An article in the January issue of The Cooperator recently stated: “Cooperate apartment corporations often confront situations where a particular shareholder’s behavior is offensive to others in the building.” Truer words have not been spoken and FGC is no exception.
Even before the District legalized marijuana in February 2015, FGC’s board was receiving complaints from some co-op members about the smell of marijuana. Reportedly, it was often prevalent in the hallway on certain floors and seeping into their unit. When the city made it lawful for DC residents to possess and use limited amounts of marijuana, it created an additional revenue source for the city and satisfied the appetite of potheads, but it also added to the problem for non-smoking residents living in multi-family housing. Adamant non-smokers object to inhaling any second-hand smoke, including weed. This presents a dilemma for a board that tries to appease disgruntled non-smoker shareholders without infringing on the rights of potheads, er, smokers in general.
The governing documents of cooperative apartments and condos typically contain provisions that prohibit disruptive and illegal conduct by a shareholder. These documents usually allow for termination of a shareholder’s membership for unacceptable behavior. But when the original documents do not contain a non-smoking policy, adding one could be like finding a sophisticated supporter at a Trump rally.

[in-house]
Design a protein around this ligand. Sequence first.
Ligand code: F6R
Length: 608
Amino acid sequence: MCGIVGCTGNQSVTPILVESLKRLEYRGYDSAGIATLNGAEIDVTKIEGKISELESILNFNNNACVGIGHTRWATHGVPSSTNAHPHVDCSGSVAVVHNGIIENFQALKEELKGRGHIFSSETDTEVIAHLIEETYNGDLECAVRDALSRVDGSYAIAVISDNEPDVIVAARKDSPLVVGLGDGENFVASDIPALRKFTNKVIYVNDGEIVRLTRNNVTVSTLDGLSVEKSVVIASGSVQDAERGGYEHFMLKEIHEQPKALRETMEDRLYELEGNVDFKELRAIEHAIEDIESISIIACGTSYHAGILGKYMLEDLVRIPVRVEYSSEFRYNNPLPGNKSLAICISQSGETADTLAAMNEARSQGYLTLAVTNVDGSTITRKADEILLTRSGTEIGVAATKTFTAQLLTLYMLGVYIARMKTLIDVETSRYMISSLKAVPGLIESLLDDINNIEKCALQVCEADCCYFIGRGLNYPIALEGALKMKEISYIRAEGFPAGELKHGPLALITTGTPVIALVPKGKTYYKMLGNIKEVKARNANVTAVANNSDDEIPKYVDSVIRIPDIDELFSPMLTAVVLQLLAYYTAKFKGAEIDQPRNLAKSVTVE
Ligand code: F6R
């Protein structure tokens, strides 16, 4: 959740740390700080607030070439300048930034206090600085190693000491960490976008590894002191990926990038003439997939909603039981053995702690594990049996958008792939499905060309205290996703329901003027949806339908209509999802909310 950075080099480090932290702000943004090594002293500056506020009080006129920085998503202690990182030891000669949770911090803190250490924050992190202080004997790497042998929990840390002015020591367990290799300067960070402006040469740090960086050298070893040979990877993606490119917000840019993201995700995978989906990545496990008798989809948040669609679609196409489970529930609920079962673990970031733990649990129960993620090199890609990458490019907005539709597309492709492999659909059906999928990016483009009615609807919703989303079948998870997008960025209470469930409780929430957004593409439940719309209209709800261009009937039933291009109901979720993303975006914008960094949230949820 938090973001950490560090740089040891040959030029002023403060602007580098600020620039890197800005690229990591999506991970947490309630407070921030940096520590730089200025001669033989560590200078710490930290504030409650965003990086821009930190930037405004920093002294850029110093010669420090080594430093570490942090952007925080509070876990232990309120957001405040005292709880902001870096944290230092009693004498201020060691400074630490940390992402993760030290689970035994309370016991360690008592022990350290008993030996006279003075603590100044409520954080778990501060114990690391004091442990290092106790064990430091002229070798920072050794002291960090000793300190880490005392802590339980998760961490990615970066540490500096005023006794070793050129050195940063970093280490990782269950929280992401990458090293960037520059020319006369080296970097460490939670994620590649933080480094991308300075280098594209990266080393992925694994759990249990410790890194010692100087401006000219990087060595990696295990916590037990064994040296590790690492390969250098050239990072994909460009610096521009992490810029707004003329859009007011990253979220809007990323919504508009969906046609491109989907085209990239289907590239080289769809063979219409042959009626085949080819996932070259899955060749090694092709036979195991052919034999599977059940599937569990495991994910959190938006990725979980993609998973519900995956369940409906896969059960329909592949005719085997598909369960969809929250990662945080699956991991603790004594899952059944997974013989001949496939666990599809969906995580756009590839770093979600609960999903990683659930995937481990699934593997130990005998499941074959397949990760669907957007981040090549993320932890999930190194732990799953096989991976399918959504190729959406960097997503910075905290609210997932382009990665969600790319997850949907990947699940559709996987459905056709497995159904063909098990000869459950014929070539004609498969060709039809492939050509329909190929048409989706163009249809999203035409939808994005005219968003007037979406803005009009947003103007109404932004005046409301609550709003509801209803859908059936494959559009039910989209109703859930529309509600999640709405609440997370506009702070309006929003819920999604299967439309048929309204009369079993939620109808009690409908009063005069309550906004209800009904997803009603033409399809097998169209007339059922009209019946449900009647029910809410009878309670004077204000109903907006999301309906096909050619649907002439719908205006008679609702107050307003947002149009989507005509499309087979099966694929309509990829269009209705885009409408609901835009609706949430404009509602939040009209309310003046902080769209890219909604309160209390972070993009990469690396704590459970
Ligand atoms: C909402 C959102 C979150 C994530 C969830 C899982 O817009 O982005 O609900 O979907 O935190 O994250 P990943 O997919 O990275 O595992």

Continue reading A Joint Effort
In the distant past, William (Skip) Davis maintained the FGC property including clearing the snow. Alfred (Moose) Coleman performed the task in recent years. Then, three years ago, the co-op’s directors and property manager had a light-bulb moment and hired e-Landscape to handle snow removal. It was a resourceful step because during the weekend of January 22–24 a blizzard dropped 17-plus inches of snow throughout the DMV, shutting down public transportation and bringing the city to a standstill.